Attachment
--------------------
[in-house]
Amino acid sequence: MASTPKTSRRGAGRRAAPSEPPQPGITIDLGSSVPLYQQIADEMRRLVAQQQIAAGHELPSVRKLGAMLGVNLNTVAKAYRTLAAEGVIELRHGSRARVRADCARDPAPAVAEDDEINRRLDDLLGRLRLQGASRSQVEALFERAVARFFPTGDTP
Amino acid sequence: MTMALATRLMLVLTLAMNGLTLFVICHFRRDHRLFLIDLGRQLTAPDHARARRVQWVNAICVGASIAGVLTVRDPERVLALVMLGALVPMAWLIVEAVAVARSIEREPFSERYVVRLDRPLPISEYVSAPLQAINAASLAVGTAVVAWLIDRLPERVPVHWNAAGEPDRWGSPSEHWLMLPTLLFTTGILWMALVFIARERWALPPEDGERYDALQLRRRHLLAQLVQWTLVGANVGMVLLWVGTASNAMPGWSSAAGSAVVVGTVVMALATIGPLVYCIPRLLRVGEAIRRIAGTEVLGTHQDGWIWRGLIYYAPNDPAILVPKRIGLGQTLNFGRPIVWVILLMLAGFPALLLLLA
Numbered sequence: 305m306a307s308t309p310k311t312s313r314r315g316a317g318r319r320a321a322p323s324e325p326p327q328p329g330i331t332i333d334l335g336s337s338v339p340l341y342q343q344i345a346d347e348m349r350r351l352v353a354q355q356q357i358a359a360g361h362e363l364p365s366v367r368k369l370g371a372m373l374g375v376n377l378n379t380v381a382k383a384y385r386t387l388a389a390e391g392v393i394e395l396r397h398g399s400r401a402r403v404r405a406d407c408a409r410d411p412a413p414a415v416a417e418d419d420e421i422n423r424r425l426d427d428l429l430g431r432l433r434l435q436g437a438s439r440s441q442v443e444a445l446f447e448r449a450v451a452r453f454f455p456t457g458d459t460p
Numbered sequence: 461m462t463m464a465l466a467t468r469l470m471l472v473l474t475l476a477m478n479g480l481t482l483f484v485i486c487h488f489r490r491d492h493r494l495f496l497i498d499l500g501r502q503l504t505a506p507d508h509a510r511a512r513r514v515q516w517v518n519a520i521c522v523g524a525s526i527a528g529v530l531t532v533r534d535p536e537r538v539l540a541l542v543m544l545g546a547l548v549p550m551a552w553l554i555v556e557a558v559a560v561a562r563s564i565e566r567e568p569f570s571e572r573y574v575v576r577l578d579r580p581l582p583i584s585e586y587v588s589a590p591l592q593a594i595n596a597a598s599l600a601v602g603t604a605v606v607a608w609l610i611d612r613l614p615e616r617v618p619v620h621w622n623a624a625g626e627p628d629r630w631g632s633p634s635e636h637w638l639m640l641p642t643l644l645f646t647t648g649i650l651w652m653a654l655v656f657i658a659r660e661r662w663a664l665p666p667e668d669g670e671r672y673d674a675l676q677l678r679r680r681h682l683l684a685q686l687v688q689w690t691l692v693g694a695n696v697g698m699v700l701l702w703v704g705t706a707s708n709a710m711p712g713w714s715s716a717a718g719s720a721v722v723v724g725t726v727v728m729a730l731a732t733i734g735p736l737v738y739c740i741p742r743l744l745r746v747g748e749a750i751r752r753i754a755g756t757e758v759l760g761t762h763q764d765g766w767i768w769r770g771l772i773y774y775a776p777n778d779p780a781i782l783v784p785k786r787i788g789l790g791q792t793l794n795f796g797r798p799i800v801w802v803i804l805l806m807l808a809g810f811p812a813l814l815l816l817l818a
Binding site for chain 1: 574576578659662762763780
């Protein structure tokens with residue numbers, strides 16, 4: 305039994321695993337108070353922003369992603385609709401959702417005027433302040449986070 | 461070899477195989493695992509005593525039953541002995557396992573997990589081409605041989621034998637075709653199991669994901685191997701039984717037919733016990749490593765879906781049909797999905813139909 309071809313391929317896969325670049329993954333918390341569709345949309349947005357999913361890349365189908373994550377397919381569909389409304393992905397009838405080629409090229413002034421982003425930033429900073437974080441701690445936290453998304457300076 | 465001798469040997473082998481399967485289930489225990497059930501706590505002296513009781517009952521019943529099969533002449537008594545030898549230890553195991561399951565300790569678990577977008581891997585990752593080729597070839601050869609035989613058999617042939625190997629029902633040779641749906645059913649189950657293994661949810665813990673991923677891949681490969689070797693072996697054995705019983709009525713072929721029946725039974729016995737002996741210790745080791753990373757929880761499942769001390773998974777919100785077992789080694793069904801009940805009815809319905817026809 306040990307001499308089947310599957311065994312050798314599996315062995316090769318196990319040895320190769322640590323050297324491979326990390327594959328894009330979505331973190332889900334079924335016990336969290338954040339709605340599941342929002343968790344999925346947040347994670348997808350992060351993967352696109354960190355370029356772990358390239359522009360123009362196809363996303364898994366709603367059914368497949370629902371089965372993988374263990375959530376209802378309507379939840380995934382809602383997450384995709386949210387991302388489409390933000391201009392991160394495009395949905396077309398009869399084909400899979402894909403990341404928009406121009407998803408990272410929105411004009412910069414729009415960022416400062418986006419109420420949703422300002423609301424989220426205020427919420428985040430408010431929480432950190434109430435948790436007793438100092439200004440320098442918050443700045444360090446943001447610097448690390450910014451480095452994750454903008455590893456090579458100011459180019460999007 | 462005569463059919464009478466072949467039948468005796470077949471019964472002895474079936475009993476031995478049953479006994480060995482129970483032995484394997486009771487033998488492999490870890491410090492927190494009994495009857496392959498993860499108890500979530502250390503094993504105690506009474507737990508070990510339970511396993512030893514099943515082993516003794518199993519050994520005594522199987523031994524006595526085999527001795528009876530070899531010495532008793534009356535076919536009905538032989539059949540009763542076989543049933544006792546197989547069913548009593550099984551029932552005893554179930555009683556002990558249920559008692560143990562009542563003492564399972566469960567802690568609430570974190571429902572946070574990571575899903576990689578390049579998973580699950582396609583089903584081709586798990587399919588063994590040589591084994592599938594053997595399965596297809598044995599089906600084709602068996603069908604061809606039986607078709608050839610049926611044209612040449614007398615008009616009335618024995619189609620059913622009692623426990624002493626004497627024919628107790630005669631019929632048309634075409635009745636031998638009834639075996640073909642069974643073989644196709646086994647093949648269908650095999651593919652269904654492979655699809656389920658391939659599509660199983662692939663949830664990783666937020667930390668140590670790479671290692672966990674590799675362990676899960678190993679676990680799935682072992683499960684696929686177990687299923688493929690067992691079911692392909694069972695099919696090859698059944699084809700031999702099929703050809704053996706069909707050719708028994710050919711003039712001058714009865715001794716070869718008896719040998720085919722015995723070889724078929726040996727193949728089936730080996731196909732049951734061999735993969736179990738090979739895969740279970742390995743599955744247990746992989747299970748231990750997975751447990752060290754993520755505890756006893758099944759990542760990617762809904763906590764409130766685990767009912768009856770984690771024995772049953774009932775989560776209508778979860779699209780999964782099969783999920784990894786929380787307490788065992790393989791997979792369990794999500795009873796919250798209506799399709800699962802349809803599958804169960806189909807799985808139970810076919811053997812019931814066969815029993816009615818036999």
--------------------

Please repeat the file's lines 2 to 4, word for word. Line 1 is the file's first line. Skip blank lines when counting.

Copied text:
Amino acid sequence: MASTPKTSRRGAGRRAAPSEPPQPGITIDLGSSVPLYQQIADEMRRLVAQQQIAAGHELPSVRKLGAMLGVNLNTVAKAYRTLAAEGVIELRHGSRARVRADCARDPAPAVAEDDEINRRLDDLLGRLRLQGASRSQVEALFERAVARFFPTGDTP
Amino acid sequence: MTMALATRLMLVLTLAMNGLTLFVICHFRRDHRLFLIDLGRQLTAPDHARARRVQWVNAICVGASIAGVLTVRDPERVLALVMLGALVPMAWLIVEAVAVARSIEREPFSERYVVRLDRPLPISEYVSAPLQAINAASLAVGTAVVAWLIDRLPERVPVHWNAAGEPDRWGSPSEHWLMLPTLLFTTGILWMALVFIARERWALPPEDGERYDALQLRRRHLLAQLVQWTLVGANVGMVLLWVGTASNAMPGWSSAAGSAVVVGTVVMALATIGPLVYCIPRLLRVGEAIRRIAGTEVLGTHQDGWIWRGLIYYAPNDPAILVPKRIGLGQTLNFGRPIVWVILLMLAGFPALLLLLA
Numbered sequence: 305m306a307s308t309p310k311t312s313r314r315g316a317g318r319r320a321a322p323s324e325p326p327q328p329g330i331t332i333d334l335g336s337s338v339p340l341y342q343q344i345a346d347e348m349r350r351l352v353a354q355q356q357i358a359a360g361h362e363l364p365s366v367r368k369l370g371a372m373l374g375v376n377l378n379t380v381a382k383a384y385r386t387l388a389a390e391g392v393i394e395l396r397h398g399s400r401a402r403v404r405a406d407c408a409r410d411p412a413p414a415v416a417e418d419d420e421i422n423r424r425l426d427d428l429l430g431r432l433r434l435q436g437a438s439r440s441q442v443e444a445l446f447e448r449a450v451a452r453f454f455p456t457g458d459t460p